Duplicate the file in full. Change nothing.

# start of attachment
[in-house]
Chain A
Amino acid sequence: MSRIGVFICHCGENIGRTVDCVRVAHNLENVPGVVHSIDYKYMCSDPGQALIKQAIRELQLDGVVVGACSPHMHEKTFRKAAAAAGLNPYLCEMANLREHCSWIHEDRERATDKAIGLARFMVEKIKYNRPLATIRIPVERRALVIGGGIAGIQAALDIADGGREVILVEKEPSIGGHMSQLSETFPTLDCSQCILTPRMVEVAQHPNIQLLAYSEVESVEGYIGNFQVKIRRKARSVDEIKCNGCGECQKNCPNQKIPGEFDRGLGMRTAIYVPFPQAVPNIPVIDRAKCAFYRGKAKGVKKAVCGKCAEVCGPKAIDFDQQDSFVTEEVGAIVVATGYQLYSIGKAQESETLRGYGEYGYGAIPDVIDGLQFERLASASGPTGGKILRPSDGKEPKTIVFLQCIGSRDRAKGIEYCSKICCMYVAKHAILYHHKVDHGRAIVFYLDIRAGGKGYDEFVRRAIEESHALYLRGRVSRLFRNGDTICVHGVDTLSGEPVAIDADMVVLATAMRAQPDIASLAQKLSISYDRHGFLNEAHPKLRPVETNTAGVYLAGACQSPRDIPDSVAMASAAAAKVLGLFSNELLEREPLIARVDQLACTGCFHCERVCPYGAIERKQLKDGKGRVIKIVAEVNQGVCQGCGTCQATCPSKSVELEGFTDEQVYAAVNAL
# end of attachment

[in-house]
Chain A
Amino acid sequence: MSRIGVFICHCGENIGRTVDCVRVAHNLENVPGVVHSIDYKYMCSDPGQALIKQAIRELQLDGVVVGACSPHMHEKTFRKAAAAAGLNPYLCEMANLREHCSWIHEDRERATDKAIGLARFMVEKIKYNRPLATIRIPVERRALVIGGGIAGIQAALDIADGGREVILVEKEPSIGGHMSQLSETFPTLDCSQCILTPRMVEVAQHPNIQLLAYSEVESVEGYIGNFQVKIRRKARSVDEIKCNGCGECQKNCPNQKIPGEFDRGLGMRTAIYVPFPQAVPNIPVIDRAKCAFYRGKAKGVKKAVCGKCAEVCGPKAIDFDQQDSFVTEEVGAIVVATGYQLYSIGKAQESETLRGYGEYGYGAIPDVIDGLQFERLASASGPTGGKILRPSDGKEPKTIVFLQCIGSRDRAKGIEYCSKICCMYVAKHAILYHHKVDHGRAIVFYLDIRAGGKGYDEFVRRAIEESHALYLRGRVSRLFRNGDTICVHGVDTLSGEPVAIDADMVVLATAMRAQPDIASLAQKLSISYDRHGFLNEAHPKLRPVETNTAGVYLAGACQSPRDIPDSVAMASAAAAKVLGLFSNELLEREPLIARVDQLACTGCFHCERVCPYGAIERKQLKDGKGRVIKIVAEVNQGVCQGCGTCQATCPSKSVELEGFTDEQVYAAVNAL